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Indonesia Builds Genomics Research Centre for Genome Sequencing

Indonesia, the world’s fourth-largest country by population is made up of an archipelago of roughly 900 permanently populated islands in tropical Asia, and it is home to an incredible range of human diversity that is most often underrepresented in modern biological surveys.

At the Cibinong Science Centre in West Java, the National Research, and Innovation Agency (BRIN) has developed a genomics facility that will be used for whole-genome sequencing, life science research, and environmental research.

The genomic research building, which spans 9,300 square metres and will be useful to support research operations, particularly in the field of life sciences, according to BRIN’s director. Cibinong Science Centre has several facilities and infrastructure in place to facilitate research in areas such as molecular biology.

Although the Cibinong Science Centre’s research facility has mostly concentrated on biodiversity study, it shares certain commonalities with the Eijkman Institute for Molecular Biology’s research on health and humans. Many research facilities and researchers at Cibinong Science Centre are working on significant projects, including the biotechnology research centre, the biodiversity centre, and the Indonesian Culture Collection (InaCC) for microbes.

The genomic facility developed by BRIN is now complete, according to BRIN’s acting deputy for research and innovation infrastructure. Some laboratory equipment, such as a 50-litre capacity fermenter that may be utilised for research and development of the COVID-19 vaccine, has already arrived and will be installed soon.

“While the electricity infrastructure is planned to be installed next week,” the deputy for research and innovation infrastructure informed. BRIN, as the government agency for science innovation and research, has been advancing its work by providing facilities in many fields of research, he said. One of them is developing innovations in the livestock sector to support productivity, he added.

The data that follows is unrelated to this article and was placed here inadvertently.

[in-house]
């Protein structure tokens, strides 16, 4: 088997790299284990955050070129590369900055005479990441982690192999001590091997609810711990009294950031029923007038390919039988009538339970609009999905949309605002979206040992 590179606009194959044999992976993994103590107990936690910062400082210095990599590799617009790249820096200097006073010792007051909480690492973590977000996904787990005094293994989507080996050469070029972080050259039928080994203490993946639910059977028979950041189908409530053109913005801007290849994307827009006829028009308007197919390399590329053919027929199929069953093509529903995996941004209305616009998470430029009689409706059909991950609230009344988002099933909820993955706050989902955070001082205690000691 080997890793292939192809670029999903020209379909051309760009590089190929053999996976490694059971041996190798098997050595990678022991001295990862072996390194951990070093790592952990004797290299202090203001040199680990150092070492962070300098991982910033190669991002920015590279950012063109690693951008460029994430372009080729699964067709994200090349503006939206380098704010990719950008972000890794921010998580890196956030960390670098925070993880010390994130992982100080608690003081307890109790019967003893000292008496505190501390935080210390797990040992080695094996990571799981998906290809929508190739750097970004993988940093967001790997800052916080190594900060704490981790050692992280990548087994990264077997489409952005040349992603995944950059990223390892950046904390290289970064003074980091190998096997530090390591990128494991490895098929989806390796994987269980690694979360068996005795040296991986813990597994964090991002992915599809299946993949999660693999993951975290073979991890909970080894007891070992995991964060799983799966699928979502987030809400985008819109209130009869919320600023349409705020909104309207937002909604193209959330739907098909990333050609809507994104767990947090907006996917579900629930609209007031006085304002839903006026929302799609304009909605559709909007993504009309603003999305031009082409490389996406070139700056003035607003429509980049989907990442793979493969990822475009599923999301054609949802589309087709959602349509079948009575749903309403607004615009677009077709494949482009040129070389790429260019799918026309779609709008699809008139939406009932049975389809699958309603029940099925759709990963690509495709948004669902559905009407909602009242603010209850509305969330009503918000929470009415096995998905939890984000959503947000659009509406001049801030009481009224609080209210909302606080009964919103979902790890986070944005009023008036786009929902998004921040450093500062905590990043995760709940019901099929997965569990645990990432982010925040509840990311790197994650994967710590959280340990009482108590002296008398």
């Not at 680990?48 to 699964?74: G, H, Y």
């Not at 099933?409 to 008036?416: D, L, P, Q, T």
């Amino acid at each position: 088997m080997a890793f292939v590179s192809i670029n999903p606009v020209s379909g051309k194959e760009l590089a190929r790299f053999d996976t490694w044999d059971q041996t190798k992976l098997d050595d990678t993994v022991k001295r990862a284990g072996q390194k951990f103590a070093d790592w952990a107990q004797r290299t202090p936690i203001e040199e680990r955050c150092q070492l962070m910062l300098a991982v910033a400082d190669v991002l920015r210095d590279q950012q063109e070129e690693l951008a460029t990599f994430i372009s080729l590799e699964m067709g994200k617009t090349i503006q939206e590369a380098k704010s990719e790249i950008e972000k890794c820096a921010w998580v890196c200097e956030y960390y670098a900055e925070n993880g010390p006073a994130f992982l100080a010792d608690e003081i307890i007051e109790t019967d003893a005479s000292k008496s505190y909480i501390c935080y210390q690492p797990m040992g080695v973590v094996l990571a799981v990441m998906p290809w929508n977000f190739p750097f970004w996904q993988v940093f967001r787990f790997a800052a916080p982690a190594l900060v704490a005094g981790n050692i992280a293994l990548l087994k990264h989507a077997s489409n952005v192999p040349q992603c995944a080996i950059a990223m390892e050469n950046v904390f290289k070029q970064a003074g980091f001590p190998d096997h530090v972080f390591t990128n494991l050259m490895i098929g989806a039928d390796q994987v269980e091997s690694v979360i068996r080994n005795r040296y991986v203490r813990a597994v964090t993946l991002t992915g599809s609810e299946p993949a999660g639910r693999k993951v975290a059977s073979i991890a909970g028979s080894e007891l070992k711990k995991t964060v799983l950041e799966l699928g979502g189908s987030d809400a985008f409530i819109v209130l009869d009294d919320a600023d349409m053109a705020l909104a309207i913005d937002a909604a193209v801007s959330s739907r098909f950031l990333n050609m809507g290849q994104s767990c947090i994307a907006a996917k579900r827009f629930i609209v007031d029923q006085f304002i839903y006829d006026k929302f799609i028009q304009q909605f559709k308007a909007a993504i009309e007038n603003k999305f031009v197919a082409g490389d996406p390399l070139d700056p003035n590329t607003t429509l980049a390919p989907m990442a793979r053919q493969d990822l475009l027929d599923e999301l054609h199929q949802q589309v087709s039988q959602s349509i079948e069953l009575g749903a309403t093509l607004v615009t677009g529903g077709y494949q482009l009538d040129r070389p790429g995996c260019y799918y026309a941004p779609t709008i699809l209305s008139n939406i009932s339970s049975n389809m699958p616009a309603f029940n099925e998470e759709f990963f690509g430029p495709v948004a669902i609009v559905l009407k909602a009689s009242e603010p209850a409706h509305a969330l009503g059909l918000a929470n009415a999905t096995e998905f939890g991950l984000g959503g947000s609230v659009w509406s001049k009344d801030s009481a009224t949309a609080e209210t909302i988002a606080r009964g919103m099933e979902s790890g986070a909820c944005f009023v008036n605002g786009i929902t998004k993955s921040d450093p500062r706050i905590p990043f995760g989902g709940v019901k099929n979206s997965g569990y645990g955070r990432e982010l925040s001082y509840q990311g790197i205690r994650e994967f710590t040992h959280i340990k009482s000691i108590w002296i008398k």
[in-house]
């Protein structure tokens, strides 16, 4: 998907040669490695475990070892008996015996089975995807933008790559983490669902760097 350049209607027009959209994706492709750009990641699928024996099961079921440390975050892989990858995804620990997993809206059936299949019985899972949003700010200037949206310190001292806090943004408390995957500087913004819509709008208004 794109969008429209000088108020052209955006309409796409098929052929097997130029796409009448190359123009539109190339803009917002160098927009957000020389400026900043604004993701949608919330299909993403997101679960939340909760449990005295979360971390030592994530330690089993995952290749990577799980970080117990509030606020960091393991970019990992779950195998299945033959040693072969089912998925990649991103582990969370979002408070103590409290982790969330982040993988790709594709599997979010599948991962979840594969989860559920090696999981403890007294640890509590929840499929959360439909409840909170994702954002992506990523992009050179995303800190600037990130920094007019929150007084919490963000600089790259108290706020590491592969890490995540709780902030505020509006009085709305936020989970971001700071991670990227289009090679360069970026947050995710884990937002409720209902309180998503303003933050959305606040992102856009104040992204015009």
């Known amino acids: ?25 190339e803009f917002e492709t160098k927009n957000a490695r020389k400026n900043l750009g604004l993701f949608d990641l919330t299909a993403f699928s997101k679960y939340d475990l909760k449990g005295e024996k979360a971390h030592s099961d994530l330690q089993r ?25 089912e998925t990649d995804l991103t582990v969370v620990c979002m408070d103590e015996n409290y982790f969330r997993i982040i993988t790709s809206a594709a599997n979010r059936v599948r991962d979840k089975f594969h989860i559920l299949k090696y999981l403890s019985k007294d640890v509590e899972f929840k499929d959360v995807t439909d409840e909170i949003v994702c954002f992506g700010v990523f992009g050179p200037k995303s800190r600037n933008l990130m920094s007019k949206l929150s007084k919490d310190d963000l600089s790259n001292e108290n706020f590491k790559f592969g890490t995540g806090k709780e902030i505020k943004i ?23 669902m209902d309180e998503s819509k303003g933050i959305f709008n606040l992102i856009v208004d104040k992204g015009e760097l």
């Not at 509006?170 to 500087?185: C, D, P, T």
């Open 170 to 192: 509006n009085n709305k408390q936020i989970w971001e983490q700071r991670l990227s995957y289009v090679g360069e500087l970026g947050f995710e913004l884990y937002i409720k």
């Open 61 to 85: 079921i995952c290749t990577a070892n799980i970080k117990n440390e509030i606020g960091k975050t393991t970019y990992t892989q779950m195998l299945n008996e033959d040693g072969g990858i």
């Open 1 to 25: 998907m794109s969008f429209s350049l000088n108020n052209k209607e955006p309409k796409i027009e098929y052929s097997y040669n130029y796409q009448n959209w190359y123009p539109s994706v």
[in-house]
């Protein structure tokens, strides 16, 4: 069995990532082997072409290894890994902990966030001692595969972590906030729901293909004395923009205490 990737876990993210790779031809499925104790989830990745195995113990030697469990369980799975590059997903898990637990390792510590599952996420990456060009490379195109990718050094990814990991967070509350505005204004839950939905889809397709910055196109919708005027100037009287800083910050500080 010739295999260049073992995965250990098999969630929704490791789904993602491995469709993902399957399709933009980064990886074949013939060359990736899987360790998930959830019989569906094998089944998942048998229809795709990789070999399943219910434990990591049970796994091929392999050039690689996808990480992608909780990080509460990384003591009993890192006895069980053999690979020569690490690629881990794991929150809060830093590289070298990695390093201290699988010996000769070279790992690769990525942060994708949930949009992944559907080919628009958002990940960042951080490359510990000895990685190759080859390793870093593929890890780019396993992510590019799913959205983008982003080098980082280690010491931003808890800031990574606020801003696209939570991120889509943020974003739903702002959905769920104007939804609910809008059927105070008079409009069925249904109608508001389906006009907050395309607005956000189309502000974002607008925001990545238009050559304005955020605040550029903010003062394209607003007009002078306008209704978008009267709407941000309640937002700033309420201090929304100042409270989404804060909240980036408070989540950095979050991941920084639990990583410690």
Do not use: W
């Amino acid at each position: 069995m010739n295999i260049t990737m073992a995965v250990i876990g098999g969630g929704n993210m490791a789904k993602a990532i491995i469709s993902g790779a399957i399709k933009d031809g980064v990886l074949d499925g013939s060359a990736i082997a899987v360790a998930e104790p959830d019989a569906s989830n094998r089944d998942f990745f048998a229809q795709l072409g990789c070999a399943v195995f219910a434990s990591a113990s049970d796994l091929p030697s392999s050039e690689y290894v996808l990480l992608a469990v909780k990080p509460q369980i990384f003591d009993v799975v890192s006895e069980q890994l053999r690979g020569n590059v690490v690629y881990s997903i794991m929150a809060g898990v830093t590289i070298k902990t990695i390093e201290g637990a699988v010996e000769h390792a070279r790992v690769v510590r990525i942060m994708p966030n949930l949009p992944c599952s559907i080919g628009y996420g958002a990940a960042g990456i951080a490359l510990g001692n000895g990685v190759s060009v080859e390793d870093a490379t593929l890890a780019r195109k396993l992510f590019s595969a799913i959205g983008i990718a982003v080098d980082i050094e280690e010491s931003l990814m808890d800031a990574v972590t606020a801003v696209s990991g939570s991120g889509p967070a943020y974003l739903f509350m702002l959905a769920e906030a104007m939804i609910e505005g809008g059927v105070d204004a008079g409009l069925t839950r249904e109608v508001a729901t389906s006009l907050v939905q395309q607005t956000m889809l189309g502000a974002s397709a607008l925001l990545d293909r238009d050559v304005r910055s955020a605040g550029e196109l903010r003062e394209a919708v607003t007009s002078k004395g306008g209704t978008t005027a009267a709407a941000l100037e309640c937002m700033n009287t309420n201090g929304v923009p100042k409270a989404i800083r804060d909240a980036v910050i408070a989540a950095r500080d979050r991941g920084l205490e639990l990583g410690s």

According to him, the organisation is also focusing on disease mitigation studies, such as malaria, and coming up with ideas for how to use technology to improve the nation’s preparedness for natural catastrophes. In addition, Indonesian scientists hope to sequence 10,000 COVID-19 samples this year to find virus variations that may be circulating across the broad island.

The health minister and Minister of Research and Technology (RISTEK) signed a memorandum of understanding (MoU) earlier this year to collaborate on “genomic surveillance,” which is the process of identifying virus variants by sequencing genetic materials collected from infected patients.

According to a report released by the World Health Organisation, the number of new cases is continuing to decline globally, but variations have spread to more than 100 nations. Data published by an open-access global database for virus genomes had stated, more than 82,000 cases of the new U.K. strain had been found in 85 countries. In 42 nations, the South African variety had infected 1,440 persons. The longer the disease is allowed to spread, the more likely it is to evolve into versions that are resistant to the vaccines that are being rolled out at varying rates around the world.

Between the signing of the MoU and now, 392 whole-genome sequences from 27 provinces in Indonesia have been submitted. At least 14 institutions have contributed, as per the chairman of the National Institute of Health Research and Development, each of which has capable individuals and cutting-edge technologies for genetic research.

“The more the data we have, the more information we can get about the strains of the SARS-2 virus in Indonesia,” he said. This year, the Eijkman Institute of Molecular Biology in Jakarta intends to sequence 5,000 samples, whereas it is aimed for 10,000 samples from all collaborating universities.

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